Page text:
The Papyrus of Ani was created in Egypt about 1250 B.C. It represents the best preserved, longest, most ornate, and beautifully executed example of the form of mortuary text known as The Egyptian Book of the Dead.
Ani was an important Temple scribe. He and his wife Tutu chose from among some 200 available prayers, hymns, spells, and ritual texts the 80 that most appealed to them. Their completed scroll measured some 78 feet long by 15 inches in height. Their likenesses were painted among the elaborately crafted hieroglyphic vignettes. This individualized papyrus roll would be buried with them, with the intention of opening a gateway in the afterlife. If successful in persevering through the trials they encountered there, they would be free to eventually feast and dally with the gods.
As a magical, polytheistic religion, the Egyptian faith was alive with creativity and energy. It involved a continuous interaction between the individual and the various deities who constituted its elaborate and exalted pantheon. The dignity afforded the observant Egyptian was an invigorating state. One who had led an upright moral life, had shown respect to the gods, and been strong enough to proceed through the dangers and trials of the afterlife, was invited to join the gods—playing board games in beautiful fields, drinking beer, eating, even making love. The successful adherent would reach a stellar glory of his own, at last a member of that hierarchy he had honored throughout his life.
The prayers of The Egyptian Book of the Dead are connected to certain archetypal images. Thus an invocation to Osiris, the Lord of the Underworld, will be written within a painting (or vignette) of that deity. The meaning of the scene is a marriage of word and image, reaching well beyond the merely verbal level of comprehension. One of the best known examples is the Weighing of the Heart scene below. The heart (the moral integrity of the deceased, his conscience) is weighed against the feather of Truth and Justice. If the cumulative effects of a person’s life have allowed his soul to be as light as the feather of Truth, he or she is judged pure and allowed to continue on with the journey. However, if the person’s heart is weighted down with the burden of sin, his soul is flung to the great monster who awaits the recording of the verdict and is no more.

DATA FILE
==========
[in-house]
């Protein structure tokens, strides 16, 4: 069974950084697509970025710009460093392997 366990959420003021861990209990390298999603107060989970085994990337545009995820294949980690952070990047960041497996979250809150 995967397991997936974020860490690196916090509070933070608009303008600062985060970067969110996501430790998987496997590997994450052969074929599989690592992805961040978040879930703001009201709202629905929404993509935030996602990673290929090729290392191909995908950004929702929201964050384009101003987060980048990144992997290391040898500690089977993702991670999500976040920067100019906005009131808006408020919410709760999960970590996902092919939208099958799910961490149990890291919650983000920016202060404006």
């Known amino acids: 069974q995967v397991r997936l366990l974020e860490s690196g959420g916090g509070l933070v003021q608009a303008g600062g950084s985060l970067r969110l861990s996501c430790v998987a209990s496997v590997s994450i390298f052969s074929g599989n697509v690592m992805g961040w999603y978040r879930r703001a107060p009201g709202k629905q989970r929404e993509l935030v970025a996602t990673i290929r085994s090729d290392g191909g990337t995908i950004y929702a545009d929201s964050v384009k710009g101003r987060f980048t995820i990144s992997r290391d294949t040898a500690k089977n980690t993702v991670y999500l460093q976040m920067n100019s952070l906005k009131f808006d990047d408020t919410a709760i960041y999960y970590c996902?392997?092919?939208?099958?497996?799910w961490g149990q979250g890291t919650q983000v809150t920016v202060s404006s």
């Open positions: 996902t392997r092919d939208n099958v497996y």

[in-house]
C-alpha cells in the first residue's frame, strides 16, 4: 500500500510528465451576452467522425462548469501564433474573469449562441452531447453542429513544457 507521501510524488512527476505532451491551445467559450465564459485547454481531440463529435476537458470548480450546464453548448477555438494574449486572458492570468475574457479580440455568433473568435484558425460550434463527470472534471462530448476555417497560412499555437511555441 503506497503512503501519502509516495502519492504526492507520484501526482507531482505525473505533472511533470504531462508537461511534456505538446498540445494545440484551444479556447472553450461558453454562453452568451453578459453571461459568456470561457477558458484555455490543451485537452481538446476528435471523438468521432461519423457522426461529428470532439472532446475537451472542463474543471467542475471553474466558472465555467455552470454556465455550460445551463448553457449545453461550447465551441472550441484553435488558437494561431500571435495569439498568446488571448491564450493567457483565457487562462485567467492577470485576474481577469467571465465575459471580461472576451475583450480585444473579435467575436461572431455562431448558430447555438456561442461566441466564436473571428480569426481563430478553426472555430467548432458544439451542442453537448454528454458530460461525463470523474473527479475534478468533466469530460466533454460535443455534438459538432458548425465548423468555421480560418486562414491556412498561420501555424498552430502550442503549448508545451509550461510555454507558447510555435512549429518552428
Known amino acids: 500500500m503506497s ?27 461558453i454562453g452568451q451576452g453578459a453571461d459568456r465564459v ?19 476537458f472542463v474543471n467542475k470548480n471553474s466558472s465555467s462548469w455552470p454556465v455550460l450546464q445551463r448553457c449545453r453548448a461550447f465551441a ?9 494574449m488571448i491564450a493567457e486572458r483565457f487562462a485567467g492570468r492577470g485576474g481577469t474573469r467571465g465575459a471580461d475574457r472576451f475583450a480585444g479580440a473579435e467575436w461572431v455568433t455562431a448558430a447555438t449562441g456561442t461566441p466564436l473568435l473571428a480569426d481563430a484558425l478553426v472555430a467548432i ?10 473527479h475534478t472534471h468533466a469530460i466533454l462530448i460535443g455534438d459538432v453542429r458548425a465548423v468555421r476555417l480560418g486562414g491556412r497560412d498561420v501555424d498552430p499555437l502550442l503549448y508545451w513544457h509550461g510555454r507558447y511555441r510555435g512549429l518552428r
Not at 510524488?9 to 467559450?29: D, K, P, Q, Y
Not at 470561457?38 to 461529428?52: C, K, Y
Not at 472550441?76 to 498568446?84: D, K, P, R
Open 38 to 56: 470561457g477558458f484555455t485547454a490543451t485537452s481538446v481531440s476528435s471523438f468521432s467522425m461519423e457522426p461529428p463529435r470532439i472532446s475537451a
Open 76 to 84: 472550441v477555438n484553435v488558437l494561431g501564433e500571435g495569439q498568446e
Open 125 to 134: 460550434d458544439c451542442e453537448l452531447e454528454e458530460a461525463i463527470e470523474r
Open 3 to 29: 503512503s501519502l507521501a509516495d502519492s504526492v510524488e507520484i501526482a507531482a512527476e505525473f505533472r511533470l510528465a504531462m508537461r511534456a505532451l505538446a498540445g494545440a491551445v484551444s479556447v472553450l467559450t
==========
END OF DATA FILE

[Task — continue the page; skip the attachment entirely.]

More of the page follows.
Plate 3: The Weighing of the Heart. (As restored © 1994, 1998 James Wasserman)
In 1888, Ani’s papyrus was acquired by Sir E.A. Wallis-Budge, assistant Keeper of the Egyptian Collection at the British Museum and author of numerous books on ancient Near Eastern civilizations. He described the Papyrus as the largest he had ever seen. “… I was amazed at the beauty and freshness of the colours of the human figures and animals, which in the dim light of the candles and heated air of the tomb, seemed to be alive.” Budge recognized the Papyrus of Ani was the greatest of such scrolls ever found.
When he returned to the British Museum, he made two tragic errors. First, he cut the papyrus into thirty-seven relatively even-length sheets for ease of handling. This “yardstick” method of cutting caused irreparable damage to the continuity of the papyrus. Budge’s translation, released five years later, revealed that chapters and images were often cut in mid-sentence, while carefully crafted images were split onto different sheets. Secondly, he glued the sheets to wooden boards for translation and display. The glue began to damage the delicate sheets, as did their exposure to direct sunlight from a skylight above. (Modern manuscript conservation techniques were unknown at this time and Ani’s papyrus is only one of many damaged in the early days of museum Egyptology.)
Fortunately, Budge also commissioned the elaborate color facsimile lithograph edition of 1890 that I was to discover nearly a century later. (While many modern Egyptologists condemn Budge for a variety of reasons, they all stand on his shoulders. He made these catastrophic mistakes in his quest to share this ancient treasure with the world. Yet, he also left us the tools to reclaim the Papyrus.) Budge’s “elephant folio” (14 x 21 inches) facsimile of the Papyrus of Ani, published by the British Museum, is a magnificent volume. The edition contained no translation, simply presenting a color-lithographed facsimile of the sheets of the Papyrus.
In 1895, the translation of the Papyrus was published. (That translation is reproduced in the ubiquitous but virtually unreadable Dover paperback reprint, the text of which now appears all over the internet.) Most people do not realize that the translation was intended as a companion to the 1890 facsimile. The reader was expected to read the translation, while looking at the pictures of the scroll in the facsimile.
The goal for Studio 31 was to present the Papyrus in an uncluttered manner so that the non-specialist could directly experience its magic and splendor, while maintaining the integrity a specialist would expect. I sought to allow the reader a meditative experience through word and image.
In 1991, after a dozen years of unsuccessfully attempting to get this project published, I teamed up with Bill Corsa of Specialty Book Marketing. Bill was able to sell the project to Caroline Herter of Chronicle Books. The book was first published in 1994. In 2012, Intrinsic Books delivered our tenth printing.